Application Methods: Western Blotting

Background: Lactate dehydrogenase (LDH) catalyzes the interconversion of pyruvate and NADH to lactate and NAD+. When the oxygen supply is too low for mitochondrial ATP production, this reaction recycles NADH generated in glycolysis to NAD+, which reenters glycolysis. The major form of LDH found in muscle cells is the A (LDHA) isozyme. The LDHA promoter contains HIF-1α binding sites (1). LDHA expression is induced under hypoxic conditions (2). During intensive and prolonged muscle exercise, lactate accumulates in muscle cells when the supply of oxygen does not meet demand. When oxygen levels return to normal, LDH converts lactate to pyruvate to generate ATP in the mitochondrial electron transport chain.

$303
100 µl
APPLICATIONS
REACTIVITY
Human, Mouse, Rat

Application Methods: Western Blotting

Background: Lactate dehydrogenase (LDH) catalyzes the interconversion of pyruvate and NADH to lactate and NAD+. When the oxygen supply is too low for mitochondrial ATP production, this reaction recycles NADH generated in glycolysis to NAD+, which reenters glycolysis. The major form of LDH found in muscle cells is the A (LDHA) isozyme. The LDHA promoter contains HIF-1α binding sites (1). LDHA expression is induced under hypoxic conditions (2). During intensive and prolonged muscle exercise, lactate accumulates in muscle cells when the supply of oxygen does not meet demand. When oxygen levels return to normal, LDH converts lactate to pyruvate to generate ATP in the mitochondrial electron transport chain.

$303
100 µl
APPLICATIONS
REACTIVITY
Human, Monkey, Mouse, Rat

Application Methods: Western Blotting

Background: Pyruvate kinase is a glycolytic enzyme that catalyses the conversion of phosphoenolpyruvate to pyruvate. In mammals, the M1 isoform (PKM1) is expressed in most adult tissues (1). The M2 isoform (PKM2) is an alternatively spliced variant of M1 that is expressed during embryonic development (1). Research studies found that cancer cells exclusively express PKM2 (1-3). PKM2 is shown to be essential for aerobic glycolysis in tumors, known as the Warburg effect (1). When cancer cells switch from the M2 isoform to the M1 isoform, aerobic glycolysis is reduced and oxidative phosphorylation is increased (1). These cells also show decreased tumorigenicity in mouse xenografts (1). Recent studies showed that PKM2 is not essential for all tumor cells (4). In the tumor model studied, PKM2 was found to be active in the non-proliferative tumor cell population and inactive in the proliferative tumor cell population (4).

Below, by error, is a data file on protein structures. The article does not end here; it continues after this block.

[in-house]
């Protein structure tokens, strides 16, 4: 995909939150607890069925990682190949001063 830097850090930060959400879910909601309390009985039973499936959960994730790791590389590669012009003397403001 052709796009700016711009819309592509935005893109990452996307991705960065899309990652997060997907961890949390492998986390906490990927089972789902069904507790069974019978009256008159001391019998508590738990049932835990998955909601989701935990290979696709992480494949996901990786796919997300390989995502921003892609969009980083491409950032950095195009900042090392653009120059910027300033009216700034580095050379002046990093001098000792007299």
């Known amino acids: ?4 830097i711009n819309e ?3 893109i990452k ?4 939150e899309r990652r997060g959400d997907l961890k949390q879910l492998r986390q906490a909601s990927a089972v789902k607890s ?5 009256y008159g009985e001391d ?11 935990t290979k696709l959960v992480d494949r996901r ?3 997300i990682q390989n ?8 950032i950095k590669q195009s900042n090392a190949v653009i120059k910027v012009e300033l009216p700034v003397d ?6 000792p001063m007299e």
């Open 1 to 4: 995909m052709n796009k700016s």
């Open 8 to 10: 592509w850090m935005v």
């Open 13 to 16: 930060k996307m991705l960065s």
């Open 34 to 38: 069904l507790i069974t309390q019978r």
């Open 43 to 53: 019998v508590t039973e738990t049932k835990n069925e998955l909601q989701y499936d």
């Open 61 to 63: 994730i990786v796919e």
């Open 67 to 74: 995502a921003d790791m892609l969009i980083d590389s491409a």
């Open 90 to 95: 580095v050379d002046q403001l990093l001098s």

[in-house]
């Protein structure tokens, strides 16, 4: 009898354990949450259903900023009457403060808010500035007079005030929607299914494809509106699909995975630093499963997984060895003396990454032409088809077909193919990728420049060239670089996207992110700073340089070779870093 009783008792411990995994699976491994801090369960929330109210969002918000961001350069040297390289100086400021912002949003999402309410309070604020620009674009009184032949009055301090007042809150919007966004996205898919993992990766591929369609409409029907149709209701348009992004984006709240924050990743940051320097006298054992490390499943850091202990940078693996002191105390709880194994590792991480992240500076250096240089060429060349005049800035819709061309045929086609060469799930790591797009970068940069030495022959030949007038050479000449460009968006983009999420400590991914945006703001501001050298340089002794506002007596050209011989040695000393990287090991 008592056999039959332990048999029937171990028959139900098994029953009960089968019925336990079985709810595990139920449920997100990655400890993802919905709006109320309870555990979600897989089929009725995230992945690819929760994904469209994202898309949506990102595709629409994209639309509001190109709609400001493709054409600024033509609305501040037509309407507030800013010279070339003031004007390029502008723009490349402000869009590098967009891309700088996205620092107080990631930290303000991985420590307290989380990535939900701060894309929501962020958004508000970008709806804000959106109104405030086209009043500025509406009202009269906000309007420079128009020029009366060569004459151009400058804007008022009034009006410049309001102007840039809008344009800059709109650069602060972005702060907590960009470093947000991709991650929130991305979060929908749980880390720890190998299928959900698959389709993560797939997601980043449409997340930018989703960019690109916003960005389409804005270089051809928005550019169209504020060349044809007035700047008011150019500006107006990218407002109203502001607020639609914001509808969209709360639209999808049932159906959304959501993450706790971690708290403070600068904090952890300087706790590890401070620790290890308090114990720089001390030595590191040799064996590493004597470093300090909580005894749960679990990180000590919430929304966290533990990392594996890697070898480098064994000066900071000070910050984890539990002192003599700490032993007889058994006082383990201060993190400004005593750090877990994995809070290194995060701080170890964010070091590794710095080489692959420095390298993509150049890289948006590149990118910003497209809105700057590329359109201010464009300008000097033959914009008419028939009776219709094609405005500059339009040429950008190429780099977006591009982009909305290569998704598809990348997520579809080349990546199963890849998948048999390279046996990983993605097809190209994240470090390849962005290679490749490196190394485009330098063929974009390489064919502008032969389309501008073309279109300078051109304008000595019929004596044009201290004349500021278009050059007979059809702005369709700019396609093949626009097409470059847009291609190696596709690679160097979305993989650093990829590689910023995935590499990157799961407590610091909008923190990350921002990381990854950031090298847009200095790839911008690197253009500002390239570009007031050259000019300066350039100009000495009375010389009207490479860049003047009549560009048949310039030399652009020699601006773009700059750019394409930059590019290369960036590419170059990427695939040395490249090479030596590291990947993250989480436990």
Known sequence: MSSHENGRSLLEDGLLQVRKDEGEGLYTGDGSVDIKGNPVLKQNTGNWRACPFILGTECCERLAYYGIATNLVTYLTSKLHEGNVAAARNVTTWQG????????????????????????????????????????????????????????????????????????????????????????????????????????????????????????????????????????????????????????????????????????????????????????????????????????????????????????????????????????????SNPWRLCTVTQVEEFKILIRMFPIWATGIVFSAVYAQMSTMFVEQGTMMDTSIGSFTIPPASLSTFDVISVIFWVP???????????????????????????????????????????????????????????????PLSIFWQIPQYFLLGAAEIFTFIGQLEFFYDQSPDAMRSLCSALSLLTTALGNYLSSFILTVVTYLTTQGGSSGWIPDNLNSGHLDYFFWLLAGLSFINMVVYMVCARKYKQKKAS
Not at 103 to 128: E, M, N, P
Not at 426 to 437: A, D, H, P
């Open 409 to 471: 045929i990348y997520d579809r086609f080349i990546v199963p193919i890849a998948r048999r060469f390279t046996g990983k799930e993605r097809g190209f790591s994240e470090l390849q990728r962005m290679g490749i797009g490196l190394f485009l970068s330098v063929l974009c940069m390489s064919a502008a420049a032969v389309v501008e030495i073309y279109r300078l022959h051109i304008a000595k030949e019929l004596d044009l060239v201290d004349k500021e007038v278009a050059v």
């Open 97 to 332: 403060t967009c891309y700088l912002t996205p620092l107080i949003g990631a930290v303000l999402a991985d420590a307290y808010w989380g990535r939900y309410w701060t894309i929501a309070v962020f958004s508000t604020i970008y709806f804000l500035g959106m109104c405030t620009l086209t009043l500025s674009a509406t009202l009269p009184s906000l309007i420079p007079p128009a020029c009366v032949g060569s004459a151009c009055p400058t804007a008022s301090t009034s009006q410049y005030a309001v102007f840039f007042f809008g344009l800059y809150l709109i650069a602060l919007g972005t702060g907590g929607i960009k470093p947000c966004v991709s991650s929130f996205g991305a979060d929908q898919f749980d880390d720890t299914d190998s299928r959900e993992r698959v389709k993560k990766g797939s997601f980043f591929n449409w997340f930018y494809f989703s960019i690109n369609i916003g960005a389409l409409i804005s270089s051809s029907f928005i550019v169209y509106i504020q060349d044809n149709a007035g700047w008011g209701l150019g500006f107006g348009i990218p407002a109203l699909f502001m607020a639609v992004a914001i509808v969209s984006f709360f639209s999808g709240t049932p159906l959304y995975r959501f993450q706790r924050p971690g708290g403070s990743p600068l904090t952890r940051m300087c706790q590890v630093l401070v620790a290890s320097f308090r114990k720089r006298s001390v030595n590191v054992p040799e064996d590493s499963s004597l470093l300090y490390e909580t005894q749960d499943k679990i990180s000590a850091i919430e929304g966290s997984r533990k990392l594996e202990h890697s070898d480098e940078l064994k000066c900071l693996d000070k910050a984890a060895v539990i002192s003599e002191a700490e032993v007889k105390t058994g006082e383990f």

$260
100 µl
APPLICATIONS
REACTIVITY
Human, Mouse, Rat

Application Methods: Western Blotting

Background: Pyruvate kinase is a glycolytic enzyme that catalyses the conversion of phosphoenolpyruvate to pyruvate. In mammals, the M1 isoform (PKM1) is expressed in most adult tissues (1). The M2 isoform (PKM2) is an alternatively spliced variant of M1 that is expressed during embryonic development (1). Research studies found that cancer cells exclusively express PKM2 (1-3). PKM2 is shown to be essential for aerobic glycolysis in tumors, known as the Warburg effect (1). When cancer cells switch from the M2 isoform to the M1 isoform, aerobic glycolysis is reduced and oxidative phosphorylation is increased (1). These cells also show decreased tumorigenicity in mouse xenografts (1). Recent studies showed that PKM2 is not essential for all tumor cells (4). In the tumor model studied, PKM2 was found to be active in the non-proliferative tumor cell population and inactive in the proliferative tumor cell population (4).